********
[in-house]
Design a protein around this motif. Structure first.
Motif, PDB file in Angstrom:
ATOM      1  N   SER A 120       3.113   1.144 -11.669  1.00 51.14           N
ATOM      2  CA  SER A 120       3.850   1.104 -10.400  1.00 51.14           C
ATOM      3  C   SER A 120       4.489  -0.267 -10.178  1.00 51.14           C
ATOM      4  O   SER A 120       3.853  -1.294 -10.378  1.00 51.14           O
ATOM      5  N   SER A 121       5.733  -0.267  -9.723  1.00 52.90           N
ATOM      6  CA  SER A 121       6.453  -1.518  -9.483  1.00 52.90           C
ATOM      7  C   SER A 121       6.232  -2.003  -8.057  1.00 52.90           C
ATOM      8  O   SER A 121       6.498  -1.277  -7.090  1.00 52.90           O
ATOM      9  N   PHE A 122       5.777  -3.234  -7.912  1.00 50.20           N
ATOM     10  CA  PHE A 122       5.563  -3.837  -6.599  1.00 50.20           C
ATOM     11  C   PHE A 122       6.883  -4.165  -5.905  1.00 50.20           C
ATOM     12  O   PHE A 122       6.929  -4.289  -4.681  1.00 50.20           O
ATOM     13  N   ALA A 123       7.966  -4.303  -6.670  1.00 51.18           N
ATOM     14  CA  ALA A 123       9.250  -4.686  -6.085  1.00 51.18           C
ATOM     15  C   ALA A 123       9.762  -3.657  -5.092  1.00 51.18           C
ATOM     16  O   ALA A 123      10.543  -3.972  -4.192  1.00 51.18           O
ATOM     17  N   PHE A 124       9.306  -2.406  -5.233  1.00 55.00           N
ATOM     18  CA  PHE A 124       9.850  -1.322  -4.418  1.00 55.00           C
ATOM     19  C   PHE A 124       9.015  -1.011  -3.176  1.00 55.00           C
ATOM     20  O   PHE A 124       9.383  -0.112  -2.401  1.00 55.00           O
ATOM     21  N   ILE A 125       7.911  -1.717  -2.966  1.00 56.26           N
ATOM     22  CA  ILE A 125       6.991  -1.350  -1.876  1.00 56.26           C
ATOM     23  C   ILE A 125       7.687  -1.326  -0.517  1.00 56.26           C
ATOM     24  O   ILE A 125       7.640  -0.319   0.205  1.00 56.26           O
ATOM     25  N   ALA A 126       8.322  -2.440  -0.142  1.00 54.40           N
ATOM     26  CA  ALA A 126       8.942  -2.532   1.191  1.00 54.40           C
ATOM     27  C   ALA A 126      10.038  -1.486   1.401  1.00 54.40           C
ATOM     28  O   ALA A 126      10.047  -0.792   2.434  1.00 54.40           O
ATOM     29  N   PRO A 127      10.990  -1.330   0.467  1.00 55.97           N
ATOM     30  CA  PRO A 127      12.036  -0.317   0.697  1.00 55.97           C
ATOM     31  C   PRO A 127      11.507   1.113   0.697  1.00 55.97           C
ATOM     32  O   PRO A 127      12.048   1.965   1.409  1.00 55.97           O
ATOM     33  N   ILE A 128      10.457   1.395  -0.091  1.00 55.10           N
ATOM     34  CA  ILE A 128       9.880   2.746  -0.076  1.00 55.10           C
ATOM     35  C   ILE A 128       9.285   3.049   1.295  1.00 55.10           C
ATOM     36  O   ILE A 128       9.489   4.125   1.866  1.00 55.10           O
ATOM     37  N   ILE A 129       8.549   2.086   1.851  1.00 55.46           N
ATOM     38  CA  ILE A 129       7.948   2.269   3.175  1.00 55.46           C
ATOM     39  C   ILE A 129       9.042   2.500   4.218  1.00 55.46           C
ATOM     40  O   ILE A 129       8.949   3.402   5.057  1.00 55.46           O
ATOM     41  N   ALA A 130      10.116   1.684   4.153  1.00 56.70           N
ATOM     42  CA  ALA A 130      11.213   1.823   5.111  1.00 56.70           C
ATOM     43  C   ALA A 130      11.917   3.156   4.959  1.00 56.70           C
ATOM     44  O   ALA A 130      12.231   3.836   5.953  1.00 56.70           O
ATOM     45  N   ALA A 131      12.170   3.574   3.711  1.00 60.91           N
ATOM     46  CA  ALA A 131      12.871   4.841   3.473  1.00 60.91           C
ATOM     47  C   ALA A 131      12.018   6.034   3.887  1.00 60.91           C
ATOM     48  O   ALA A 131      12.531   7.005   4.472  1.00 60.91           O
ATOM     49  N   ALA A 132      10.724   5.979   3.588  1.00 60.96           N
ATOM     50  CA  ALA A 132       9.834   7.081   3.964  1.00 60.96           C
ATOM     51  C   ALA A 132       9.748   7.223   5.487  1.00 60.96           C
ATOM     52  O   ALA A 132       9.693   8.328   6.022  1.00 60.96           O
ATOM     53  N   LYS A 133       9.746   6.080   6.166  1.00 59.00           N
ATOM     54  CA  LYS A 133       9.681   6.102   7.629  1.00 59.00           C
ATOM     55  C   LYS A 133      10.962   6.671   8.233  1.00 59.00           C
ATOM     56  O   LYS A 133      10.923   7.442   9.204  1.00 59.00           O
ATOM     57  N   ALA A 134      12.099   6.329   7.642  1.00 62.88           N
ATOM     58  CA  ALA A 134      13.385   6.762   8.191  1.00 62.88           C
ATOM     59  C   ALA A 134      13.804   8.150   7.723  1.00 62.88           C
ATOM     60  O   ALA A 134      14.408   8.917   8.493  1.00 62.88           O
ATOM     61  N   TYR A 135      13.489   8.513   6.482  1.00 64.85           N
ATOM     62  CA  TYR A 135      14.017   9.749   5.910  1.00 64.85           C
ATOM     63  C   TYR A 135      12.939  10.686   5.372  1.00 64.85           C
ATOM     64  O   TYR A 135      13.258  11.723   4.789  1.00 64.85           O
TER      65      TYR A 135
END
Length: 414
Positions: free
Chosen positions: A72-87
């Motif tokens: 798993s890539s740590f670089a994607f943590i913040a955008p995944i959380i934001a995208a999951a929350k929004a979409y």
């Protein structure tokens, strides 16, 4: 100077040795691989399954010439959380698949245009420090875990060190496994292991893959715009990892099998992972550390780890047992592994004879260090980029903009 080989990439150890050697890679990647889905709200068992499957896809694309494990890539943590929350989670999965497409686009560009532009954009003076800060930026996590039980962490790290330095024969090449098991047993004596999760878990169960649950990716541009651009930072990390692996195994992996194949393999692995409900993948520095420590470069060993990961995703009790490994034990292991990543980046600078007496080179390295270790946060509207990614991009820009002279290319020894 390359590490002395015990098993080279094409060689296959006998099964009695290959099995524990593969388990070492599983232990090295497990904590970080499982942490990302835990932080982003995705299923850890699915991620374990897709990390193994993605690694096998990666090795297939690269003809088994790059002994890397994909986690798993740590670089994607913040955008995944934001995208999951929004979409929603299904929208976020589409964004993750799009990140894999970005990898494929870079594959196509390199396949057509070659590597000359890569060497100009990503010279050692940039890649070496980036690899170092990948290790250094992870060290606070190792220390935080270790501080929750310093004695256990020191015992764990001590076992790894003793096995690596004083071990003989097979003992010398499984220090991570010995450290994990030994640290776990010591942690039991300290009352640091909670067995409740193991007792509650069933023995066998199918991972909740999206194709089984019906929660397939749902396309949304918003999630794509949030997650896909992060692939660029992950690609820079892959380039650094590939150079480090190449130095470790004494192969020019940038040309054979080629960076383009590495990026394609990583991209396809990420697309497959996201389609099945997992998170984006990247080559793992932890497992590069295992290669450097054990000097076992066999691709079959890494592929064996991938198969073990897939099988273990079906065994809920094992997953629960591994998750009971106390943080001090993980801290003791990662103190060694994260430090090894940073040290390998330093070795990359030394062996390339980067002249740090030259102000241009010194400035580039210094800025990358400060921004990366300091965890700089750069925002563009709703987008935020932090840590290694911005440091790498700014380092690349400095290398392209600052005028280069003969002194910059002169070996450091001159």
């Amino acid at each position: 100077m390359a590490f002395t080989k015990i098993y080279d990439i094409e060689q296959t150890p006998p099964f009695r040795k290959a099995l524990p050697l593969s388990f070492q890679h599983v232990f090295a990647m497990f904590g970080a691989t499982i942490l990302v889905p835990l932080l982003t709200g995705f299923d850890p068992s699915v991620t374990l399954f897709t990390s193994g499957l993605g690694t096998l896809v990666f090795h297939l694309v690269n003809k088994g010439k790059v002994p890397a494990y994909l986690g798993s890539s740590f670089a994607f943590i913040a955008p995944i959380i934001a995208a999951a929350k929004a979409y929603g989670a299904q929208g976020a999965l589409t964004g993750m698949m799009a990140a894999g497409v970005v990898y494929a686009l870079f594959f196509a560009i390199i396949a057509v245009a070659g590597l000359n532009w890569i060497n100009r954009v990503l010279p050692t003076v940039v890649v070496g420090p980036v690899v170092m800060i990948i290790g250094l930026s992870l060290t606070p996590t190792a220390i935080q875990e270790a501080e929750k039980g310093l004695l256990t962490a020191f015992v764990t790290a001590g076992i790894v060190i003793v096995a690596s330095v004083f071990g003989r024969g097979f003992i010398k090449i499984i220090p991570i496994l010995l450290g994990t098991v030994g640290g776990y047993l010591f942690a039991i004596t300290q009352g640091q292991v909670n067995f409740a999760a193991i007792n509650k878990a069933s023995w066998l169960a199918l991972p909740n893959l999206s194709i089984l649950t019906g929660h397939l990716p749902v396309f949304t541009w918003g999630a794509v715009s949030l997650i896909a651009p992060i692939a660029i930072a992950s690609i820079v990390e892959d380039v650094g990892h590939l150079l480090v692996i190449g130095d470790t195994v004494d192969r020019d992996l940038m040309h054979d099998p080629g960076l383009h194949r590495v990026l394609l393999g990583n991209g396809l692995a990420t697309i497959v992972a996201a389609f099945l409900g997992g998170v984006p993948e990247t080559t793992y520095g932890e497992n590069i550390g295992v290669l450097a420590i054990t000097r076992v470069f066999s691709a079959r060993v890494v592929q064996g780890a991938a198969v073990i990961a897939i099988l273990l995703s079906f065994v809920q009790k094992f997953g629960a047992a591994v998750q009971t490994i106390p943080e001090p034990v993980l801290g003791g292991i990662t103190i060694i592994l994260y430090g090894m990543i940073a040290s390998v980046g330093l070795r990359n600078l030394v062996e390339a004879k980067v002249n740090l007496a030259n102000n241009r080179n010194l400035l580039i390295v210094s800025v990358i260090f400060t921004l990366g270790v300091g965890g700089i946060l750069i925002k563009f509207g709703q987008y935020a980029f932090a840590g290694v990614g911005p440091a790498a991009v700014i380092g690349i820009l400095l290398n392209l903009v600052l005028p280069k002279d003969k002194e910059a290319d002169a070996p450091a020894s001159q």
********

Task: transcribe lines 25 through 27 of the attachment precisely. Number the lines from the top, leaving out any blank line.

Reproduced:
ATOM     22  CA  ILE A 125       6.991  -1.350  -1.876  1.00 56.26           C
ATOM     23  C   ILE A 125       7.687  -1.326  -0.517  1.00 56.26           C
ATOM     24  O   ILE A 125       7.640  -0.319   0.205  1.00 56.26           O